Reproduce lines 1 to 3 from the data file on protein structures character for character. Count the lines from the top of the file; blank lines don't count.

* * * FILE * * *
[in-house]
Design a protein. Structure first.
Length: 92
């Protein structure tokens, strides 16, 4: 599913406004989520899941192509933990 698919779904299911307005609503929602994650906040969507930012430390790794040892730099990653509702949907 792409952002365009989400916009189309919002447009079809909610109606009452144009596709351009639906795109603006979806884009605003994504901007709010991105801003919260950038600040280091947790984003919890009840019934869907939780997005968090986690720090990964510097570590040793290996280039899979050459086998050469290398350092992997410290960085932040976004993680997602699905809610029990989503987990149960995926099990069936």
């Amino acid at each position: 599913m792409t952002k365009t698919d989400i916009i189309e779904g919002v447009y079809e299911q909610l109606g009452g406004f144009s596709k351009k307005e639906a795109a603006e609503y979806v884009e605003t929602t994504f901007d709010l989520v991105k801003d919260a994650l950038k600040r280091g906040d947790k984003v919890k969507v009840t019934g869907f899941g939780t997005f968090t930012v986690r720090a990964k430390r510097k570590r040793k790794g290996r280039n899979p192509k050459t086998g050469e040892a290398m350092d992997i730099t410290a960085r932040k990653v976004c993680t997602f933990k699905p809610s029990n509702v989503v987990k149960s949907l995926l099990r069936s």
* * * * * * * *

[in-house]
Design a protein. Structure first.
Length: 92